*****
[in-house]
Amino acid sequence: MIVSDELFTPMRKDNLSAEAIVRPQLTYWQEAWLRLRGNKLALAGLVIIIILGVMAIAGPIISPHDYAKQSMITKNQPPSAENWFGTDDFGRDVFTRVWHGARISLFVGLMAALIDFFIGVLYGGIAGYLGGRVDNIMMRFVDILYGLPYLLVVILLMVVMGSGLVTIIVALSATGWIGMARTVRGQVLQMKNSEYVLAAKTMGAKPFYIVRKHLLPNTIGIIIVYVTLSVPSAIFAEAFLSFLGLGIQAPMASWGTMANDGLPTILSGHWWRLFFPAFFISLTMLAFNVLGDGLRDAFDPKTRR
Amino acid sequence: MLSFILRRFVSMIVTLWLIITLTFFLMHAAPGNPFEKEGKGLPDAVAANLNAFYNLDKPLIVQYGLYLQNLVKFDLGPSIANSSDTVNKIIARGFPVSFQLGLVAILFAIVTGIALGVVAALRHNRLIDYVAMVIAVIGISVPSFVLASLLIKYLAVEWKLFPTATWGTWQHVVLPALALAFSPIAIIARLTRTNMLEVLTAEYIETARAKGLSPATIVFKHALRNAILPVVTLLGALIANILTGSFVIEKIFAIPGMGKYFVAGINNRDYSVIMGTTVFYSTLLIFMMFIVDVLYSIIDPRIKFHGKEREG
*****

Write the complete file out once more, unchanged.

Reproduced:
[in-house]
Amino acid sequence: MIVSDELFTPMRKDNLSAEAIVRPQLTYWQEAWLRLRGNKLALAGLVIIIILGVMAIAGPIISPHDYAKQSMITKNQPPSAENWFGTDDFGRDVFTRVWHGARISLFVGLMAALIDFFIGVLYGGIAGYLGGRVDNIMMRFVDILYGLPYLLVVILLMVVMGSGLVTIIVALSATGWIGMARTVRGQVLQMKNSEYVLAAKTMGAKPFYIVRKHLLPNTIGIIIVYVTLSVPSAIFAEAFLSFLGLGIQAPMASWGTMANDGLPTILSGHWWRLFFPAFFISLTMLAFNVLGDGLRDAFDPKTRR
Amino acid sequence: MLSFILRRFVSMIVTLWLIITLTFFLMHAAPGNPFEKEGKGLPDAVAANLNAFYNLDKPLIVQYGLYLQNLVKFDLGPSIANSSDTVNKIIARGFPVSFQLGLVAILFAIVTGIALGVVAALRHNRLIDYVAMVIAVIGISVPSFVLASLLIKYLAVEWKLFPTATWGTWQHVVLPALALAFSPIAIIARLTRTNMLEVLTAEYIETARAKGLSPATIVFKHALRNAILPVVTLLGALIANILTGSFVIEKIFAIPGMGKYFVAGINNRDYSVIMGTTVFYSTLLIFMMFIVDVLYSIIDPRIKFHGKEREG